Which comes first, depression or WED? In this study, people with depression had WED 31% of the time - but there was no correlation as to which came first.
Below is only the discussion portion - it's a long article:
This study found that RLS was frequent in the persons suffering from depressive illness compared to the general population. Earlier studies have found that depression is more prevalent in subjects with RLS.[10,11] Earlier studies addressing the prevalence of RLS in community sample suggested prevalence rates between 0.9% to 8.3% in Asian community and 17.7% in American community.[4,10,12] Only one study has examined the frequency of RLS in depressed subjects and reported prevalence of 27%. We have found nearly similar prevalence in this study.
RLS has female predisposition in earlier studies.[10,11] However, we did not find any difference between genders. Perhaps, sample selection might have played a role. Earlier studies have included RLS sufferers and then looked for depression while we did the opposite. Other epidemiological studies cannot be compared with this study as this study was clinic based.
Whether RLS leads to depression or depression leads to or aggravates RLS symptoms is a debatable issue. Previous studies suggested that psychiatric morbidity is frequent in subjects with RLS.[4,10,13,14] However, contradictory data are also available, at least in subjects with mild RLS. Our study suggest that onset of RLS symptoms was unrelated to onset of depressive symptoms. A large, prospective study addressing this issue is warranted to reach to any conclusion. Present evidence indicates that RLS may either precede or follow depression.
RLS patients often suffer from chronic insomnia and its clinical presentation frequently masquerades or induce depression.[3,10,17] thereby favoring the notion that RLS precedes depression. Hornyak et al. suggested that severity of RLS correlated with severity of insomnia but not with depression score. In addition, RLS subjects score high on only those items of depression rating scale which are consequent to insomnia corroborating lower HAM-D scores in the present study. Thus the present literature is inconclusive regarding the role of insomnia in the development of depression in RLS patients! Our results did not find any difference in the prevalence of insomnia (primary and combined) in either of the groups suggesting that insomnia may be an independent factor which does not affect RLS.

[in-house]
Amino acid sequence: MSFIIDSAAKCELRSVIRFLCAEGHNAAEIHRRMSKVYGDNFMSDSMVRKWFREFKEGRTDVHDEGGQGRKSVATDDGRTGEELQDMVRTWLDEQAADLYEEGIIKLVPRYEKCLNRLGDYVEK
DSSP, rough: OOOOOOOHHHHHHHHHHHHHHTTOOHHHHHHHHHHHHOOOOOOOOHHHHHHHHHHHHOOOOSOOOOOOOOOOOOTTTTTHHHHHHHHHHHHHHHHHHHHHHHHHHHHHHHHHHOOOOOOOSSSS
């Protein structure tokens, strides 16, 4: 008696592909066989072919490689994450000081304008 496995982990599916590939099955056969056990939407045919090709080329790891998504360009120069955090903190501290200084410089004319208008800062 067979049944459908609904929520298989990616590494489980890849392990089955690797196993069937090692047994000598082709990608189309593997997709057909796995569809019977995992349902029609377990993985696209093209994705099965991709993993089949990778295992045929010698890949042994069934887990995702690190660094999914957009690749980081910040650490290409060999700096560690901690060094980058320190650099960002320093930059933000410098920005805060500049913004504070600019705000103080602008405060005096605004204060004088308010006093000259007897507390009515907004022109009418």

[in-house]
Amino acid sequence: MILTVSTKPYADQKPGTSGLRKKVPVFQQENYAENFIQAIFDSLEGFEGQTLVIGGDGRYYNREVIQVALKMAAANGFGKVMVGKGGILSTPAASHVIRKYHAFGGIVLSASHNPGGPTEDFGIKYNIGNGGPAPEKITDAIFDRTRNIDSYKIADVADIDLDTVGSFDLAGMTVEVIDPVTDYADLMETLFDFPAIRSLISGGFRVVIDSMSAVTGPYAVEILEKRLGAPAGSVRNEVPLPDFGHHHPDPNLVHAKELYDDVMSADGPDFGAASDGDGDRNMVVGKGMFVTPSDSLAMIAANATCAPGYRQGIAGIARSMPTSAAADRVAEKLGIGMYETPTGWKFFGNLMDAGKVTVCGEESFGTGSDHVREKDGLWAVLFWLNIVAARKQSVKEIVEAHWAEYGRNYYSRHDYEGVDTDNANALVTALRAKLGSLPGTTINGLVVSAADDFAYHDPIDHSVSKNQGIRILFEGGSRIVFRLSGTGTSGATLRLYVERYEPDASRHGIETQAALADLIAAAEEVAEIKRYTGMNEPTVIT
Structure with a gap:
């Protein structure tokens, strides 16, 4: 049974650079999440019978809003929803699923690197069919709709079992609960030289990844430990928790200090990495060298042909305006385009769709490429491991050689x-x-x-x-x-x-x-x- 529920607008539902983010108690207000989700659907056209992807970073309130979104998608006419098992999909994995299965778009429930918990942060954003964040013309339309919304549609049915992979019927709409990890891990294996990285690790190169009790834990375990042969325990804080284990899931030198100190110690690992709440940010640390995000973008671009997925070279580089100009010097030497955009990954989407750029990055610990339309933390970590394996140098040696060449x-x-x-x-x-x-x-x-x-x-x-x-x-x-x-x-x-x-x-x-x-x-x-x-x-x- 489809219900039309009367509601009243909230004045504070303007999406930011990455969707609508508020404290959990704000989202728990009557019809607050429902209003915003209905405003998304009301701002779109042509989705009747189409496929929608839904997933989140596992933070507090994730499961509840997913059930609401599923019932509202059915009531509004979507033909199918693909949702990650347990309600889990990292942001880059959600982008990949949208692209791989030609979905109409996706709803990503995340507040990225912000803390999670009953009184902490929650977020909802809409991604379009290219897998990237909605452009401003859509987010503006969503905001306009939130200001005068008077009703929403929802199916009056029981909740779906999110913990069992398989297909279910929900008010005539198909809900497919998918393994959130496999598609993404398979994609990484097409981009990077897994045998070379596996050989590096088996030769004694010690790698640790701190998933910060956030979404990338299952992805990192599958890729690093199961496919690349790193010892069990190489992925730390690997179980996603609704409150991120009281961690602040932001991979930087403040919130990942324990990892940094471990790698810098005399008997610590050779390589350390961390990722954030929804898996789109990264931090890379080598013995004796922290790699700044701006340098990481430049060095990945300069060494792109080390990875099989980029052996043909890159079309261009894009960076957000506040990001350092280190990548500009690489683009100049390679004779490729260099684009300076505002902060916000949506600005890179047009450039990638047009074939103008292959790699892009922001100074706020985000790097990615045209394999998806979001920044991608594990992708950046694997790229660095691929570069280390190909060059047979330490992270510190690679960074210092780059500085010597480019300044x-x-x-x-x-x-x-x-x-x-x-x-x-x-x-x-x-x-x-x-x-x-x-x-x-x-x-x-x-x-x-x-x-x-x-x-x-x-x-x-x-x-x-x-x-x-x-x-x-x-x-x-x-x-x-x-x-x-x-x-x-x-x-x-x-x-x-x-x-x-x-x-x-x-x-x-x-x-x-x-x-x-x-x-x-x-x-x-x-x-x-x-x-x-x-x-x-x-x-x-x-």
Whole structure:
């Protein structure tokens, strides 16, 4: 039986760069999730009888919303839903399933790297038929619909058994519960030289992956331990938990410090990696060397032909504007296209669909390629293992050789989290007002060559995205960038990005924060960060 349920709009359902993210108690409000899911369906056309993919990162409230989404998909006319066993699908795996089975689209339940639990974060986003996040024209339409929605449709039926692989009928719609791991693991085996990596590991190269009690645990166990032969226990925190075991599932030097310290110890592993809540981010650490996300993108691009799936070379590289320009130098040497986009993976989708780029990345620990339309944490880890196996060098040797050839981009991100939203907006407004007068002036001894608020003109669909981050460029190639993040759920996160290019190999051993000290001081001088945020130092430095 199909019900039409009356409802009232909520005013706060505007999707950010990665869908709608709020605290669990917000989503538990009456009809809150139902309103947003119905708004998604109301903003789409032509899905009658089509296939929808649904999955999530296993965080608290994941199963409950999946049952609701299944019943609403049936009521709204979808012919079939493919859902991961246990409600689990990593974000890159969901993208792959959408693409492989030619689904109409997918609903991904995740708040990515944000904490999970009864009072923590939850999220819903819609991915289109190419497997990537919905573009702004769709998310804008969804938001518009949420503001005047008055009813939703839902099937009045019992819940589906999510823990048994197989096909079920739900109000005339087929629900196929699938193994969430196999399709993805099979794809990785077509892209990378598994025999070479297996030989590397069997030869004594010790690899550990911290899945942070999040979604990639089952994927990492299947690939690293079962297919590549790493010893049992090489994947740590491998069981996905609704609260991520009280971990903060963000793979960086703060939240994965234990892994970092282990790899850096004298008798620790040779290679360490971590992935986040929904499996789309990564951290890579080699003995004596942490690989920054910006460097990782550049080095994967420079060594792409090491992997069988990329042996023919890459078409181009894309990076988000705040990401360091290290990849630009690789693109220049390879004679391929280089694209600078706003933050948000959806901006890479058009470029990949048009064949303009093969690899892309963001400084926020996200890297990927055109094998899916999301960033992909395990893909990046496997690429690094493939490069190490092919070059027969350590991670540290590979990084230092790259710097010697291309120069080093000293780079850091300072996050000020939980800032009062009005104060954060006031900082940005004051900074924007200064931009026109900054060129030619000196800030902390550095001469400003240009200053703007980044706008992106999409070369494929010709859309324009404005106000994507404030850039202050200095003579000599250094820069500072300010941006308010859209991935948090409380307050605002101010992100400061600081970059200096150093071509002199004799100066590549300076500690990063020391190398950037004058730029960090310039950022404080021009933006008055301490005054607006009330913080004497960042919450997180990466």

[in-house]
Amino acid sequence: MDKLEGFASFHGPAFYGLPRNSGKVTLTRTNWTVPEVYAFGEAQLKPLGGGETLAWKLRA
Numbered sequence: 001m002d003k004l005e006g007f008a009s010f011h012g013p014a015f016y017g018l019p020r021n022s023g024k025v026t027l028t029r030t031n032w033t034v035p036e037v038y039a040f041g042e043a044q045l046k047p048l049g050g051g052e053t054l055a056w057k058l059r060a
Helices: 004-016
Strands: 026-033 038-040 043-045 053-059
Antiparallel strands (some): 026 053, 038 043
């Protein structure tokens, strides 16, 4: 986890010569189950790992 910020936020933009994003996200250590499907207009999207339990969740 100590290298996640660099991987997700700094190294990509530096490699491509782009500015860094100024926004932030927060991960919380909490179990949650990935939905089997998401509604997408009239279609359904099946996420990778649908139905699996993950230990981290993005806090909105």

A number of factors during depressive illness may increase the likelihood of development of RLS. It is known that RLS symptoms are often aggravated during periods of stress and with the antidepressant therapy.[3,18] Mirtazepine has been found to induce RLS more frequently compared to other antidepressants including SSRI.[18,19] In the present study, most of the patients had longstanding illness spanning upto 10 years and were taking antidepressants off and on. Since, RLS was never screened they were not able to recall its relationship with antidepressant therapy. This could be a confounding factor in present study. Our data suggest that depression may not predispose a person to RLS as total duration of depressive illness, duration of present episode, “number of depressive episodes” and family history of psychiatric illness were not different between two groups.
Pathophysiologically dopamine is implicated both in depression and RLS. Benes et al. concluded that dopaminergic treatment of RLS improved the depressive symptoms and antidepressants should be advised when resolution of RLS does not improve the depressive symptoms. This must also be kept in mind that dopaminergic agonists possess an antidepressant property. It may be a simplistic view as treatment of RLS actually improves sleep quality and abolishes insufficient sleep syndrome. The latter can masquerade depression, hence, we need more data to assess these issues.
This study has some methodological limitations. Firstly, the sample size is small owing to robust exclusion criteria and hence, results are difficult to be generalized. Secondly, the data were retrospective and recall bias cannot be excluded in this group. Thirdly, a number of subjects were taking antidepressants at the time of presentation which could have aggravated RLS. Fourthly, owing to cross-sectional design we could not evaluate the effect of treatment of RLS on depressive symptoms or vice versa.
Nonetheless, this study is still important as it throws light on the possible comorbidity in depressive illness that can reduce the chances of remission of depression or precipitate future episodes. Large-sample prospective studies in future are required to reach to a conclusion on this issue.